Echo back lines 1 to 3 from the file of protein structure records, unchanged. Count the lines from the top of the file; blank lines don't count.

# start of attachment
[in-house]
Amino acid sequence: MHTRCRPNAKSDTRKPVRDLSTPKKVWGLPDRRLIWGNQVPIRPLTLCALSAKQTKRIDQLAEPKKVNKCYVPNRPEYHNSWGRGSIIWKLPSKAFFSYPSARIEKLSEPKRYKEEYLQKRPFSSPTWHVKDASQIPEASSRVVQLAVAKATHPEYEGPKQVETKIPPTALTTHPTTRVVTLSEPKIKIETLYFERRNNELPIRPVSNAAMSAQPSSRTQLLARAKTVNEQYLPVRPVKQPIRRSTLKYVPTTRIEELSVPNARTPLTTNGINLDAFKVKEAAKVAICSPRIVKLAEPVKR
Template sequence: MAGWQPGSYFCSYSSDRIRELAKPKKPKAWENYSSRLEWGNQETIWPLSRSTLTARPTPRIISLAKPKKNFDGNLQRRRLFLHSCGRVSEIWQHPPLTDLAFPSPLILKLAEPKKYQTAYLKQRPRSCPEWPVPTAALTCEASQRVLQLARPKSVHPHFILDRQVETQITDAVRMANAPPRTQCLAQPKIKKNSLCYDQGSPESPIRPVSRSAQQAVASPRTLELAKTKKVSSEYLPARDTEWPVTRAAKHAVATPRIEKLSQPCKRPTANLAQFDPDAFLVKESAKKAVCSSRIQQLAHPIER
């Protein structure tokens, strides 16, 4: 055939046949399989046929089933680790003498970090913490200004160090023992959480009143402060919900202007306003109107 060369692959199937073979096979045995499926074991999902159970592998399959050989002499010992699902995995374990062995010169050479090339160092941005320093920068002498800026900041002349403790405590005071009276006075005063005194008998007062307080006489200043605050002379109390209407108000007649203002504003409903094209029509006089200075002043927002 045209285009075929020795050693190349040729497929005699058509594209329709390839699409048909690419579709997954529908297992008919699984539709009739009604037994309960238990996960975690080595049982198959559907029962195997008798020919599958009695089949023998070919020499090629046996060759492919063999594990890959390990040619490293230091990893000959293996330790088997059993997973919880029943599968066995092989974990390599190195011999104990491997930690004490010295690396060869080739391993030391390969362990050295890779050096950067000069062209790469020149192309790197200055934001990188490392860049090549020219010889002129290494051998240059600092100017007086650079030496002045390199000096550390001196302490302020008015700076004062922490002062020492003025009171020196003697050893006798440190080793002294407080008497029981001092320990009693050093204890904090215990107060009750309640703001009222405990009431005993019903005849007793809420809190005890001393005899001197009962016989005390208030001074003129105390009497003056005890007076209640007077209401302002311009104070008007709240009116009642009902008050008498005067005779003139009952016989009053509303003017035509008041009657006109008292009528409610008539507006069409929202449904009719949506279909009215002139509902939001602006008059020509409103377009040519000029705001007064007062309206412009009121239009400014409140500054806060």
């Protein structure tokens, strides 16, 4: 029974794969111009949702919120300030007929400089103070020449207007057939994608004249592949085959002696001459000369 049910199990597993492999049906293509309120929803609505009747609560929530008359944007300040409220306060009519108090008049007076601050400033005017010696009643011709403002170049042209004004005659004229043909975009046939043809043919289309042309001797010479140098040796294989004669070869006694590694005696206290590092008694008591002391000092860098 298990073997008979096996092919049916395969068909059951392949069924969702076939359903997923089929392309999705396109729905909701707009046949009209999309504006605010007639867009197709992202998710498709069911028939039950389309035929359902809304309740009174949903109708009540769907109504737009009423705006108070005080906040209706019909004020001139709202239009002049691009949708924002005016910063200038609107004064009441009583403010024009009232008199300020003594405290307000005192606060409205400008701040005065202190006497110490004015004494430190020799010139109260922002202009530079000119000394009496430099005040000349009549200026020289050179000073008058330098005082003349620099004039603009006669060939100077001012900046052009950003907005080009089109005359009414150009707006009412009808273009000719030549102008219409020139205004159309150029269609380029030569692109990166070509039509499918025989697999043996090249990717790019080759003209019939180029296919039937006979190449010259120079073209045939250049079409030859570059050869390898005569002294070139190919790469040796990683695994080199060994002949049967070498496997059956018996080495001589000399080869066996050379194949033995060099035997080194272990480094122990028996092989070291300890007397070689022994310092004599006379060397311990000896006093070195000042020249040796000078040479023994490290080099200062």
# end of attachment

[in-house]
Amino acid sequence: MHTRCRPNAKSDTRKPVRDLSTPKKVWGLPDRRLIWGNQVPIRPLTLCALSAKQTKRIDQLAEPKKVNKCYVPNRPEYHNSWGRGSIIWKLPSKAFFSYPSARIEKLSEPKRYKEEYLQKRPFSSPTWHVKDASQIPEASSRVVQLAVAKATHPEYEGPKQVETKIPPTALTTHPTTRVVTLSEPKIKIETLYFERRNNELPIRPVSNAAMSAQPSSRTQLLARAKTVNEQYLPVRPVKQPIRRSTLKYVPTTRIEELSVPNARTPLTTNGINLDAFKVKEAAKVAICSPRIVKLAEPVKR
Template sequence: MAGWQPGSYFCSYSSDRIRELAKPKKPKAWENYSSRLEWGNQETIWPLSRSTLTARPTPRIISLAKPKKNFDGNLQRRRLFLHSCGRVSEIWQHPPLTDLAFPSPLILKLAEPKKYQTAYLKQRPRSCPEWPVPTAALTCEASQRVLQLARPKSVHPHFILDRQVETQITDAVRMANAPPRTQCLAQPKIKKNSLCYDQGSPESPIRPVSRSAQQAVASPRTLELAKTKKVSSEYLPARDTEWPVTRAAKHAVATPRIEKLSQPCKRPTANLAQFDPDAFLVKESAKKAVCSSRIQQLAHPIER